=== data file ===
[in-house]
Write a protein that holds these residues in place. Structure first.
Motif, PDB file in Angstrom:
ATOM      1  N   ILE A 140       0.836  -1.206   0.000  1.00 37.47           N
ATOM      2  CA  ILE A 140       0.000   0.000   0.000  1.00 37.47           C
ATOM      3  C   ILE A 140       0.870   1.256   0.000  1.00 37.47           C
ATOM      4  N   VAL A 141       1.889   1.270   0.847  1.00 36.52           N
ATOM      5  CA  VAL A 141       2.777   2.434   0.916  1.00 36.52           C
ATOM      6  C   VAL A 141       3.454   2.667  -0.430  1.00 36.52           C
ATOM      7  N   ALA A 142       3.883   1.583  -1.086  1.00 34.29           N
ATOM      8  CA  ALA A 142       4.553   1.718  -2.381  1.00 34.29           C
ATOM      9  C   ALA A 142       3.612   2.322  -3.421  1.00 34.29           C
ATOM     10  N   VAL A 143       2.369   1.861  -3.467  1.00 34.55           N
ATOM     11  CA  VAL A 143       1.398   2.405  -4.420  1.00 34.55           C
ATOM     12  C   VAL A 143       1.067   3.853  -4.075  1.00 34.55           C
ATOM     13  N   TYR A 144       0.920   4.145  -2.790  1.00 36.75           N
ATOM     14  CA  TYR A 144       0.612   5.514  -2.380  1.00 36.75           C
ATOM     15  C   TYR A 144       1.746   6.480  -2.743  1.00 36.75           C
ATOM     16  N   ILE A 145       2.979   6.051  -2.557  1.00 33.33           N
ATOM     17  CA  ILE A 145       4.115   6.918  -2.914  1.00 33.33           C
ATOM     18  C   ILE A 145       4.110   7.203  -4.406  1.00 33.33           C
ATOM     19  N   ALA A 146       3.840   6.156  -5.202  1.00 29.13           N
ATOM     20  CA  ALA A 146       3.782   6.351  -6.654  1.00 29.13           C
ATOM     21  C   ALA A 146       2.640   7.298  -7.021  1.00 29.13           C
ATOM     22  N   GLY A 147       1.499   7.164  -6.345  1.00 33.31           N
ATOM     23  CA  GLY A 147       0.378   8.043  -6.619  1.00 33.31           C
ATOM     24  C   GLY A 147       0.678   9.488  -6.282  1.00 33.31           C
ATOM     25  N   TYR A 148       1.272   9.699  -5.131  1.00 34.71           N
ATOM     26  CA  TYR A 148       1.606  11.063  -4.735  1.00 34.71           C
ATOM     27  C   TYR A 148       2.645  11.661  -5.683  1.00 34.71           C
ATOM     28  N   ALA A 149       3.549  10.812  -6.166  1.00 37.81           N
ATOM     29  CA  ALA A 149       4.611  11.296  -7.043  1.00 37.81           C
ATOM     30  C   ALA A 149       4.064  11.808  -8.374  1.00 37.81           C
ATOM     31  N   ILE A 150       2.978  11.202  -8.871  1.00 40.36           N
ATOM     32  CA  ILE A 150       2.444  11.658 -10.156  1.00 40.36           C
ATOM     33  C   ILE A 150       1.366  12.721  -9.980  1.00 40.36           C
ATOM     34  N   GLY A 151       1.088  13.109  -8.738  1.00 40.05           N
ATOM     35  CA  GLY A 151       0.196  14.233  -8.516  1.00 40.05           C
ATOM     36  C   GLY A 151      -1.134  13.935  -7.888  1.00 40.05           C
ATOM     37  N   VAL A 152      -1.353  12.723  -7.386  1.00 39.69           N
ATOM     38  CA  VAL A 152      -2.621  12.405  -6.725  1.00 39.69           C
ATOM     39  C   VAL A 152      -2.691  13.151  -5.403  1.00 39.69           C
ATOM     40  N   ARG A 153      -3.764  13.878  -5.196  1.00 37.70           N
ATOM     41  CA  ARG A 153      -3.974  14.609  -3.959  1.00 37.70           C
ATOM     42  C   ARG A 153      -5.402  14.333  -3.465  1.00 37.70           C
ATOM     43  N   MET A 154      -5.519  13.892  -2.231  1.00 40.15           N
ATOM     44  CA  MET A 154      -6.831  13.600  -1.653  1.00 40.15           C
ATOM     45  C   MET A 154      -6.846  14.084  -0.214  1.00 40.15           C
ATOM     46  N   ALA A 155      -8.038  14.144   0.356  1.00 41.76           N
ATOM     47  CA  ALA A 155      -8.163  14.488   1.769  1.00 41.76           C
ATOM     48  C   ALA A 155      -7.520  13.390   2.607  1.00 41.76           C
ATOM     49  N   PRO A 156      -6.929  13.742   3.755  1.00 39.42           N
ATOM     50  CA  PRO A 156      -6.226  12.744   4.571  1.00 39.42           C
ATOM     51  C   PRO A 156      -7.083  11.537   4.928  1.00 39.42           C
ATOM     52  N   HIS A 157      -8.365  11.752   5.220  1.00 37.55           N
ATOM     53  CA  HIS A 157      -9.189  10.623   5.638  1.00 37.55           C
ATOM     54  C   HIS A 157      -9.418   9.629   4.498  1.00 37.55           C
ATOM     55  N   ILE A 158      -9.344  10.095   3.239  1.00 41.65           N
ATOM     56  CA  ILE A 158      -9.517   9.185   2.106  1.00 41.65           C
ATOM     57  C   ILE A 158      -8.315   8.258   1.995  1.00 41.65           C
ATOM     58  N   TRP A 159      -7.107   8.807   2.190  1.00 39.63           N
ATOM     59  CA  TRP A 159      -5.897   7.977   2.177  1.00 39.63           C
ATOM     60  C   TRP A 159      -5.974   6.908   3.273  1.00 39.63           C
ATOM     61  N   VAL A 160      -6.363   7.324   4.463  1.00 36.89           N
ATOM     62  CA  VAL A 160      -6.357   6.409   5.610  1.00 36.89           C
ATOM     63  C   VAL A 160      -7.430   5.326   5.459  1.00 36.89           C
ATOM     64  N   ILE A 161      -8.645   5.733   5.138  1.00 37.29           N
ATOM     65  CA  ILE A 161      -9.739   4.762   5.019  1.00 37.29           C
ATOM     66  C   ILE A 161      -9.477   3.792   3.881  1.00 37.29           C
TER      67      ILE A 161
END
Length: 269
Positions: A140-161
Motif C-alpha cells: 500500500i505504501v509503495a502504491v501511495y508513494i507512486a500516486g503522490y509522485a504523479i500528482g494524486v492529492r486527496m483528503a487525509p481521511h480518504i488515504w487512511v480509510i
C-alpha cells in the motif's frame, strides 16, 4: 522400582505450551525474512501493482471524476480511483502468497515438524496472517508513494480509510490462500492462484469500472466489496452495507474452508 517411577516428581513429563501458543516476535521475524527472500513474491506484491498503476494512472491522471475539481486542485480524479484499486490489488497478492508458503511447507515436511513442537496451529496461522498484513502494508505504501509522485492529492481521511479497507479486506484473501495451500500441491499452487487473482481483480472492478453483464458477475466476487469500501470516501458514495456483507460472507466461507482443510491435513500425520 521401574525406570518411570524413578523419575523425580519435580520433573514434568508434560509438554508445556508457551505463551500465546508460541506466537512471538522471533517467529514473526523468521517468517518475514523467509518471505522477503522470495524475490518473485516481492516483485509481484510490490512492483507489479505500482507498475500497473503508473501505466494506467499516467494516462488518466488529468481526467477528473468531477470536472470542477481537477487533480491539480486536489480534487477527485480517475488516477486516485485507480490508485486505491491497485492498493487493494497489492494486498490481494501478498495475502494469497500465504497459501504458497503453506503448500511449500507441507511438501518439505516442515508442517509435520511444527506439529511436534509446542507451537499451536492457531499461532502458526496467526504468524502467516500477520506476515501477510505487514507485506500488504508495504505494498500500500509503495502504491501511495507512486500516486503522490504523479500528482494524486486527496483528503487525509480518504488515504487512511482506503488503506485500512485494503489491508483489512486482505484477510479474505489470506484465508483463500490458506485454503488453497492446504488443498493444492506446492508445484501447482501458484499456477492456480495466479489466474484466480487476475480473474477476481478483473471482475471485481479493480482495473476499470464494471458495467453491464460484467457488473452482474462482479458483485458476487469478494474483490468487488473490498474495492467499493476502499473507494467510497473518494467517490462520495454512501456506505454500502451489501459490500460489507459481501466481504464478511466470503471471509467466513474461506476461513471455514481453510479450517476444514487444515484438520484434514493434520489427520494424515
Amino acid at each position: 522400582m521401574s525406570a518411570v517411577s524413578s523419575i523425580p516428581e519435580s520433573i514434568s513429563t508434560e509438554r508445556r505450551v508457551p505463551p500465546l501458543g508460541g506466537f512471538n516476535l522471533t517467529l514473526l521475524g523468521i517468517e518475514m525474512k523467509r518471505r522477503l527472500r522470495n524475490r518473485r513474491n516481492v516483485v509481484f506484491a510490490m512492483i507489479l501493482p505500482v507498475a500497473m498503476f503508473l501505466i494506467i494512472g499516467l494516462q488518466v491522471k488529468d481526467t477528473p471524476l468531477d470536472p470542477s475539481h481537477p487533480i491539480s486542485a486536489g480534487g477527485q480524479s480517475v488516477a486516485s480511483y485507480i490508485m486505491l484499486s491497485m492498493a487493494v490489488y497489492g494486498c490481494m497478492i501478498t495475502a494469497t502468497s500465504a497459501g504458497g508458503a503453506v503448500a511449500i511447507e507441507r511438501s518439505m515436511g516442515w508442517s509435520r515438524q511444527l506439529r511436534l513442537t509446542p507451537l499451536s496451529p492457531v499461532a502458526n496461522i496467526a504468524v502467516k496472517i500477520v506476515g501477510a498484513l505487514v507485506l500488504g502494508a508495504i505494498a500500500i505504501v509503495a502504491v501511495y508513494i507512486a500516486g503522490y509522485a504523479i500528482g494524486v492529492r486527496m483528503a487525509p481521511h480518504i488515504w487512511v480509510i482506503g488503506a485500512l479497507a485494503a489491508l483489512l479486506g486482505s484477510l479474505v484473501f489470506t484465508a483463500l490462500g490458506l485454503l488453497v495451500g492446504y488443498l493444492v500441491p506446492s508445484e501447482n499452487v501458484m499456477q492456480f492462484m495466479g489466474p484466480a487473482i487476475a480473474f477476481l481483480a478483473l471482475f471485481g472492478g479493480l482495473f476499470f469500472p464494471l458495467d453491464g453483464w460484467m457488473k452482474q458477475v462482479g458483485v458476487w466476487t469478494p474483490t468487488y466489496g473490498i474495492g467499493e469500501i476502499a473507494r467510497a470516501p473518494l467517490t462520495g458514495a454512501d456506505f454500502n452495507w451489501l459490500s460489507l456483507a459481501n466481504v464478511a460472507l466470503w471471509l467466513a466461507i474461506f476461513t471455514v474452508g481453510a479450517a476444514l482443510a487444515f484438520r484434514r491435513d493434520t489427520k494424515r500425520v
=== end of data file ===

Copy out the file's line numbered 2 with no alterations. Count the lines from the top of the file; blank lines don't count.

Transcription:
Write a protein that holds these residues in place. Structure first.